This one is obvious, but I have to mention it nonetheless as it led to a significant score that you'll learn about in the next section. Let's sum it up: First, familiarize yourself with the top 2 or 3 needs for each 32 team and then go through mock drafts so you can get an idea of who could fulfill those needs. The example of the Detroit Lions selected Oregon OT Penei SewellThe seventh overall draft pick from last year will be paired with the 2016 first round pick Taylor Decker(OT, Ohio State), who will be under contract until the 2024 season. Therefore, it is unlikely that the Lions would choose North Carolina State's OT Ikem Elonu or Alabama's OT Evan Neal as their second overall selection.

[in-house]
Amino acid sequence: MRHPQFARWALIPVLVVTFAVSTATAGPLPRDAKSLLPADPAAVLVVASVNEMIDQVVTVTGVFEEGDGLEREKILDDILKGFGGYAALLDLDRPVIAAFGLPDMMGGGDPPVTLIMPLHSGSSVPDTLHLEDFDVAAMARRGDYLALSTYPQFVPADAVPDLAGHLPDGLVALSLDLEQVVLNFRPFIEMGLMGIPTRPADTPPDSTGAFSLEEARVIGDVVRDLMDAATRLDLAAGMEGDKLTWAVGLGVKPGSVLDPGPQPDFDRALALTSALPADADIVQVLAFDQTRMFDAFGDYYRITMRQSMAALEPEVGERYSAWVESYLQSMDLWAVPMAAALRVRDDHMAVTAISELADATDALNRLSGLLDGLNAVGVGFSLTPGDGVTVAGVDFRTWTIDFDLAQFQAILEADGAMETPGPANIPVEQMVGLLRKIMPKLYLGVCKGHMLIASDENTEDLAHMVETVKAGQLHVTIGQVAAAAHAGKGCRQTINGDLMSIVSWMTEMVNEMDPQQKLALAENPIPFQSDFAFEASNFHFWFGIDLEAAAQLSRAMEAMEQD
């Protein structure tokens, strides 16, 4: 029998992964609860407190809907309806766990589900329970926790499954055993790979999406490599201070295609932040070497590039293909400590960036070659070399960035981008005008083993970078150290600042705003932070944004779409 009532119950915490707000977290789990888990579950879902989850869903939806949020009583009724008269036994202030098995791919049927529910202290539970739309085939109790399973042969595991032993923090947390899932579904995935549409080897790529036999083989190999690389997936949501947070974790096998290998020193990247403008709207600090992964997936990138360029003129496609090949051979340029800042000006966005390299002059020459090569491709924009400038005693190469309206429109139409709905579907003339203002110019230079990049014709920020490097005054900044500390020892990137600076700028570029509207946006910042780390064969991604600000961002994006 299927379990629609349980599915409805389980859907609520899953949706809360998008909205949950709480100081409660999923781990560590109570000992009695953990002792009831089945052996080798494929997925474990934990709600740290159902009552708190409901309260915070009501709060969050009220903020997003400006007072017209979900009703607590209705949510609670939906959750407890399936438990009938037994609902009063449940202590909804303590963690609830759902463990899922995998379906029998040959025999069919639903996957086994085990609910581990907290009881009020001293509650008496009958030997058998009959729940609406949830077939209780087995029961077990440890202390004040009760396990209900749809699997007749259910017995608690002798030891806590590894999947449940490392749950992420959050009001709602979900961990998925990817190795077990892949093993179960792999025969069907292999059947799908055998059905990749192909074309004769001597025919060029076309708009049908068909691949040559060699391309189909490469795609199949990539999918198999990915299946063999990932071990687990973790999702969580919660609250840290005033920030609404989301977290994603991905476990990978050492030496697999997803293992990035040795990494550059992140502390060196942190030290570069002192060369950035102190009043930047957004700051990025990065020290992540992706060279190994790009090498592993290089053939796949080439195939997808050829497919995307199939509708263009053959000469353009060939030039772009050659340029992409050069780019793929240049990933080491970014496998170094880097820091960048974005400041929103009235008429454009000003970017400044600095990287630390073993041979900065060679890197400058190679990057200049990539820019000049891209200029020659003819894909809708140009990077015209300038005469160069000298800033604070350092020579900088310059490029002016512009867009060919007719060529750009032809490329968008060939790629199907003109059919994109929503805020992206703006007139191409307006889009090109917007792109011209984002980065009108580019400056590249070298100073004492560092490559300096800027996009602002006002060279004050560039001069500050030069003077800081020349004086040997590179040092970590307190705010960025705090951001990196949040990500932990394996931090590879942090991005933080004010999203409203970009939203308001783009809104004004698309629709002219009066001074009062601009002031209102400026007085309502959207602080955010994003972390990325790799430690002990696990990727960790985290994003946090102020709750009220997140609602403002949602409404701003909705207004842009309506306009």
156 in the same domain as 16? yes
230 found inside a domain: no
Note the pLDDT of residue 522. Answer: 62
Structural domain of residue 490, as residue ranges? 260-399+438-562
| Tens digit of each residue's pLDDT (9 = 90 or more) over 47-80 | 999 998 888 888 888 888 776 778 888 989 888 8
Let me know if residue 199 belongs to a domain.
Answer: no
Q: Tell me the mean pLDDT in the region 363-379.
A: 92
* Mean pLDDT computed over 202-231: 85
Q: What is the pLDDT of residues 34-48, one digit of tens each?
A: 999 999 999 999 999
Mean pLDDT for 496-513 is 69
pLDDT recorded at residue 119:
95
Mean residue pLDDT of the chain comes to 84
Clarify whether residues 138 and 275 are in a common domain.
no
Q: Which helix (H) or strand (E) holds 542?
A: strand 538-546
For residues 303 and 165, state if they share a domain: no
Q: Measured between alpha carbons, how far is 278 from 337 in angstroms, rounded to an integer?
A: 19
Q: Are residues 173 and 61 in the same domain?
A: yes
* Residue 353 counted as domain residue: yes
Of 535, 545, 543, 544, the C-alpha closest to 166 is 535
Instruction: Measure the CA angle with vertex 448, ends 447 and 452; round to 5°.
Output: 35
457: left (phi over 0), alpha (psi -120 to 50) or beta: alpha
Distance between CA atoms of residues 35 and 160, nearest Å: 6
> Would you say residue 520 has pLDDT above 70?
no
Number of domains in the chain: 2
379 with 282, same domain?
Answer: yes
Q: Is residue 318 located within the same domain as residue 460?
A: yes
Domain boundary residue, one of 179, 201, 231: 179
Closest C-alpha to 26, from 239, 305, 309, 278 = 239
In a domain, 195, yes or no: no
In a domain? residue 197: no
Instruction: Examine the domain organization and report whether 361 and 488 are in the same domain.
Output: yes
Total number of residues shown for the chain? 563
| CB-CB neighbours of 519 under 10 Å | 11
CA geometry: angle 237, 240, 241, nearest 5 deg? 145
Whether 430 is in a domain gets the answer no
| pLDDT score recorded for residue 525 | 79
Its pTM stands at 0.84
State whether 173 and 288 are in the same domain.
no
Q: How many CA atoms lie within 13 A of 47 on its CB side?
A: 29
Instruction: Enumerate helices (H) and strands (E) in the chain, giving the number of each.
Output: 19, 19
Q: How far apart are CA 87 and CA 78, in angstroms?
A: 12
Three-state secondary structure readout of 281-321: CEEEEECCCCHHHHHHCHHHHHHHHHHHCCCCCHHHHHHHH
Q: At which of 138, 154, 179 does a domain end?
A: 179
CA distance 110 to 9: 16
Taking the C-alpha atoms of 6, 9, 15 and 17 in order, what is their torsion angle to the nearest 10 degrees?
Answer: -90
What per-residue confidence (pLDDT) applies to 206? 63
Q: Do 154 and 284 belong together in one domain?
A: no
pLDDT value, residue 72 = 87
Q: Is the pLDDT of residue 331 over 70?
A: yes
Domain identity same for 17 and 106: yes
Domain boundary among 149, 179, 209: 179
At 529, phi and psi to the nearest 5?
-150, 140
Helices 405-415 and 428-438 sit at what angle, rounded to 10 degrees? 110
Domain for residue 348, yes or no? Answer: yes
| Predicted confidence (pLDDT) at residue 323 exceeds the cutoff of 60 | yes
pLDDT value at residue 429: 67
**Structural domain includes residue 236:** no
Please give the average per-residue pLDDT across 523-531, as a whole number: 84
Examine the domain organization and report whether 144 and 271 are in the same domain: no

Warning: Mock drafts must be studied and not just banked on. A good mock draft could capture 10 of the 32 first round picks. Mock drafts are not meant to be used as an additional research tool to determine which players are considered the best.

This is unless Rick Gosselin (formerly of The Dallas Morning News) decides to retire from mock draft retirement and share his wisdom with us. Rick was the only person who mocked Washington's quarterback Jake Locker. Tennessee Titans8 in 2011. 8.

Connect the dots

Just before the start the 2011 NFL Draft, there was a supper.Denver Broncos general manager John Elway told reporters that his team intended to select Texas A&M pass-rusher Von MillerWith the second overall pick, any clubs interested to trade up for the pick should phone.

This statement opened up a lucrative betting opportunity for those who could see the connections and predict the ripple effect of Denver's planned course of action.